Talmud Berachot 12b says:
וְאָמַר רַבָּה בַּר חִינָּנָא סָבָא מִשְּׁמֵיהּ דְּרַב: כֹּל שֶׁאֶפְשָׁר לוֹ לְבַקֵּשׁ רַחֲמִים עַל חֲבֵירוֹ וְאֵינוֹ מְבַקֵּשׁ — נִקְרָא ״חוֹטֵא״. שֶׁנֶּאֱמַר: ״גַּם אָנֹכִי חָלִילָה לִּי מֵחֲטֹא לַה׳ מֵחֲדֹל לְהִתְפַּלֵּל בַּעַדְכֶם״.
And Rabba bar Ḥinnana Sava said in the name of Rav: Anyone who can ask for mercy on behalf of another, and does not ask is called a sinner, as it is stated following Samuel’s rebuke of the people: “As for me, far be it from me that I should transgress against the Lord in ceasing to pray for you, but I will teach you the good and the right way” (I Samuel 12:23). Had Samuel refrained from prayer, he would have committed a sin.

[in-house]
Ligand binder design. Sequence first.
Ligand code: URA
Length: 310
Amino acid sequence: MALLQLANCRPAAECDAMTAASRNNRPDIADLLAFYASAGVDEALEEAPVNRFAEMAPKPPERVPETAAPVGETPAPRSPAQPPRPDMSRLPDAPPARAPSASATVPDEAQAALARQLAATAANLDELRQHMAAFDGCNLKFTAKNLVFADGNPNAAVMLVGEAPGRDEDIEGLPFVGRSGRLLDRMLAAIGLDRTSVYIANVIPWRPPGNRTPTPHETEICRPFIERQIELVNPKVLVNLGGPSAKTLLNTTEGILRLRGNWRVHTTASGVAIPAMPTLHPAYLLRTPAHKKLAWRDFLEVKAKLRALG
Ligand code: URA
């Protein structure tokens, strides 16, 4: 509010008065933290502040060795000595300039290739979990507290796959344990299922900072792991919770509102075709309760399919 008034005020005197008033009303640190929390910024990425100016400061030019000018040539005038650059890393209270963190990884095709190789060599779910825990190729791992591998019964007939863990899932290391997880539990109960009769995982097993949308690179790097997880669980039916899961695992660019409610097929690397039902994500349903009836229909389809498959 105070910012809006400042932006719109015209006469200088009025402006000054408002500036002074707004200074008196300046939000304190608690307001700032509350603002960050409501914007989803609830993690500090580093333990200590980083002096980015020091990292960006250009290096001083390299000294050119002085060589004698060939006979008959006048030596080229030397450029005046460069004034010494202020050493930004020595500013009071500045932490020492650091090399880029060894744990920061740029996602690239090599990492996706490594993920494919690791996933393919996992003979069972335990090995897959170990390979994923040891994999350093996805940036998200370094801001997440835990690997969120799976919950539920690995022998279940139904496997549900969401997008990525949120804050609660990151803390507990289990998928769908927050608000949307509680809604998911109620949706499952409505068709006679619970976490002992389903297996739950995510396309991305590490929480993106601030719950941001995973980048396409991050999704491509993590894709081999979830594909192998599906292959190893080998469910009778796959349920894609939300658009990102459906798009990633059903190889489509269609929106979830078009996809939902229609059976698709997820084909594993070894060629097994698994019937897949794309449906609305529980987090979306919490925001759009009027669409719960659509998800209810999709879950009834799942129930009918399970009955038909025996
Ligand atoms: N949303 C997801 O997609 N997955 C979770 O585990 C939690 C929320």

This seems to impose an obligation with no possible end. I know many people, and "the needs of your people are great" (Berachot 29b). Everyone needs prayer. So can't I always ask for mercy on behalf of another? Can I ever stop asking for mercy on behalf of those I know?
If I am aware my friend has a particular need (he is sick, or needs to get married, or wants children, or wants a better living, or wants his prayers answered or any of a gazillion other things), does praying for them just once fulfill my obligation? Once per day? Every tefilla?